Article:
Table 5: Reconviction following DTTOs in Scotland

Follow-up period

Summary

Solemn

Total Summary and Solemn

12 months

72% (992/1383)

61% (100/164)

71% (1092/1547)

24 months

82% (1138/1383)

77% (126/164)

82% (1264/1547)

Frequency of reconviction

The reconviction rate is a relatively crude measure: it simply indicates whether or not an individual has been reconvicted but fails to reflect more nuanced changes in behaviour such as changes in the frequency of conviction. As Table 6 indicates, the frequency of reconviction among Drug Court participants given DTTOs was similar to the frequency of reconviction among offenders given DTTOs under Summary proceedings in Scotland as a whole. In Glasgow, the frequency of reconviction was slightly higher among the Drug Court sample than the earlier DTTO sample (3.3 in the Drug Court compared to 2.6 pre Drug Court) while in Fife the reverse was true, with the frequency of reconviction lower among Drug Court participants than among those previously sentenced to DTTOs (3.6 in the Drug Court compared to 4.5 pre Drug Court). Neither of these differences was, however, statistically significant 6.

Table 6: Mean number of new convictions per DTTO sample

Follow-up period

Fife Drug Court

Glasgow Drug Court

Fife pre DCDTTO

Glasgow pre DCDTTO

Scotland Summary DTTO

12 months

2.2

2.0

2.6

1.4

2.1

24 months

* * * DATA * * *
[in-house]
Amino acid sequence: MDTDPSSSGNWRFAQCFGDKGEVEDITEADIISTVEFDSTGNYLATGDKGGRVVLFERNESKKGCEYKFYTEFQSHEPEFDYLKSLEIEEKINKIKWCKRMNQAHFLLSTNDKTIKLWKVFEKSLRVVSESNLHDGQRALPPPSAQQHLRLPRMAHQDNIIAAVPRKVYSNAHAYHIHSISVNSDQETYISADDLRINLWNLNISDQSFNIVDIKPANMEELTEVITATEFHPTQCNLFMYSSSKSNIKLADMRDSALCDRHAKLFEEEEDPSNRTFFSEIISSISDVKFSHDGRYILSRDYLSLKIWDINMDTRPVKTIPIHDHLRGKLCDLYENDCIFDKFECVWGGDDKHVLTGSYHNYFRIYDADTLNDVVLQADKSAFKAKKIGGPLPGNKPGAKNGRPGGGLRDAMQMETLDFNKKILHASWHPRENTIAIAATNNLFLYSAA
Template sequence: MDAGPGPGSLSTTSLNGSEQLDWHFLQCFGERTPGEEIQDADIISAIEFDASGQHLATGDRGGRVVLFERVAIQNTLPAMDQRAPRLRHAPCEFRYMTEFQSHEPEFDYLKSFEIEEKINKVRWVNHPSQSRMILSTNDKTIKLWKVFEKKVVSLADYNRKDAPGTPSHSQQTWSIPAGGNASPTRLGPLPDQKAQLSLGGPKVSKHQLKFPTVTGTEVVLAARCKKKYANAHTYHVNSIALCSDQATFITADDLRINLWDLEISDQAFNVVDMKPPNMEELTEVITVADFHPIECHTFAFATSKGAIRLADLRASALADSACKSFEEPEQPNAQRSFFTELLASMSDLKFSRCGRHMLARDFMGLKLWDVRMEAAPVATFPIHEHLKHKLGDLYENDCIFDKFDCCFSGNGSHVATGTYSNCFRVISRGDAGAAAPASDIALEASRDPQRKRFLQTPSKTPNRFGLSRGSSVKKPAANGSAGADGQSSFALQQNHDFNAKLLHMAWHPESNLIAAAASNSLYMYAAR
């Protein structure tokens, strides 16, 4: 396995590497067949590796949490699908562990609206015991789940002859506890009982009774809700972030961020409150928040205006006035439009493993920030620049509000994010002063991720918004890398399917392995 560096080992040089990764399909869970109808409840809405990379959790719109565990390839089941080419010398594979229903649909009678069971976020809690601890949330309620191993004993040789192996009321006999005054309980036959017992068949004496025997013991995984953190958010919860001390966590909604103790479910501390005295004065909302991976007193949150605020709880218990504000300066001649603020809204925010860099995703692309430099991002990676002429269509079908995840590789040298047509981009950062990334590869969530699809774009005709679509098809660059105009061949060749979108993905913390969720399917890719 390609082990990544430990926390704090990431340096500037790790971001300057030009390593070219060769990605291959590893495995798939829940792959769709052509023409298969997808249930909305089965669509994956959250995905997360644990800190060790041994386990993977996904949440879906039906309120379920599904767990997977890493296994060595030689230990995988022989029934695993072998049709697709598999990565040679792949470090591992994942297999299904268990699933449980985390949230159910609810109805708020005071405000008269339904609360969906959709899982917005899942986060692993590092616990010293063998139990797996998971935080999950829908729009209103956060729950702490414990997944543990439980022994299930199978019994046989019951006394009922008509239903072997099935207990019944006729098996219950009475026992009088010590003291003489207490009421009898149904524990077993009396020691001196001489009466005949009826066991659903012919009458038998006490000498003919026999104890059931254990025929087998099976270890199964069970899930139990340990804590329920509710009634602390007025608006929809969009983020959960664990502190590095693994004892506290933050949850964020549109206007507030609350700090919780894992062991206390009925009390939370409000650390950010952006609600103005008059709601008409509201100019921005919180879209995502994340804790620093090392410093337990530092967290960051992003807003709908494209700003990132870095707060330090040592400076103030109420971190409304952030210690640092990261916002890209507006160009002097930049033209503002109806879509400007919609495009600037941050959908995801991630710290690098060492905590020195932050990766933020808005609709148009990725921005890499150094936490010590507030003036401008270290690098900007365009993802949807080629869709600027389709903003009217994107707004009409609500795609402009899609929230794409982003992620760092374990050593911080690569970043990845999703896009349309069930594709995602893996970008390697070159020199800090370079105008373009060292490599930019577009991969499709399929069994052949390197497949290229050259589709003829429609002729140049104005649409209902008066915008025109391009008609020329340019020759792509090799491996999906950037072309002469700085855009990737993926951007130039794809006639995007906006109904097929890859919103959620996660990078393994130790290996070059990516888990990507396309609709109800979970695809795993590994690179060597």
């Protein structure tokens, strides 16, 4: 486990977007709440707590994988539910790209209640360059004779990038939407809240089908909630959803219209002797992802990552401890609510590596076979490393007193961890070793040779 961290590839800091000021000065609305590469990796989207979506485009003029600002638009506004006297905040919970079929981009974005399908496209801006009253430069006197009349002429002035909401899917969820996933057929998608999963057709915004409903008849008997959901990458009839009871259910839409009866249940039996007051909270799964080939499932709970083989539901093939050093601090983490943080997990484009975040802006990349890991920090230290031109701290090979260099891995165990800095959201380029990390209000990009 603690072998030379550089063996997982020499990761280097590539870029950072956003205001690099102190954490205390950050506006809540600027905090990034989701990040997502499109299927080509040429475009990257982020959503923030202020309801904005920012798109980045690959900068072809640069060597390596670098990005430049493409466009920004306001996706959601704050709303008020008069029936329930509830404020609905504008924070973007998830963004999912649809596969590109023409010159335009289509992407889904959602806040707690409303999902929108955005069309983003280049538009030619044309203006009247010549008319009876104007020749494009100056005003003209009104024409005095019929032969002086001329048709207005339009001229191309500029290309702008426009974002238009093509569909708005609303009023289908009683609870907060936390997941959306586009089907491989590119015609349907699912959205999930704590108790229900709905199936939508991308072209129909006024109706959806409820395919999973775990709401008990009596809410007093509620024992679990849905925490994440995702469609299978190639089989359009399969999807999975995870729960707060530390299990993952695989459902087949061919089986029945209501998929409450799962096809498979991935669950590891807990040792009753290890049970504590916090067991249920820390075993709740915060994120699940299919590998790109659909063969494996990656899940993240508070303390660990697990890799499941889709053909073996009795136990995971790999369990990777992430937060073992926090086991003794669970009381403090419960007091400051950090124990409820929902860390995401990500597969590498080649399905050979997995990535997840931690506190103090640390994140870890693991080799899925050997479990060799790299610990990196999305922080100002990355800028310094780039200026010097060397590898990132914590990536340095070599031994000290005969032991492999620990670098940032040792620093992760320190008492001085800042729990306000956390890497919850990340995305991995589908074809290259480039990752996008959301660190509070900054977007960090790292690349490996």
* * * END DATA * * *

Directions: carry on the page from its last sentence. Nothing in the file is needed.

3.6

3.3

4.5

2.6

3.3

Despite the rate and frequency of reconviction being broadly similar among the Drug Court and comparison samples, there was a marked difference in the criminal histories of the samples (Table 7). More specifically, the Drug Court cases had, on average, fewer previous convictions than those given DTTOs in the other samples, with the differences between the samples in this respect being statistically significant 7. Given the strong association between criminal history and reconviction, if all else were equal the Drug Court cases would have been expected to demonstrate a lower frequency and rate of reconviction than the comparison cases. The reason for the relatively low number of previous convictions among the Drug Court cases is unclear but it may have arisen through recent 'old' convictions being 'rolled up' more quickly in the Drug Court with the result that in some instances what are actually previous convictions are identified from the Scottish Offender Index as 'new' convictions 8. This would also have the effect of inflating the rate and frequency of reconviction among Drug Court cases, making them misleadingly high.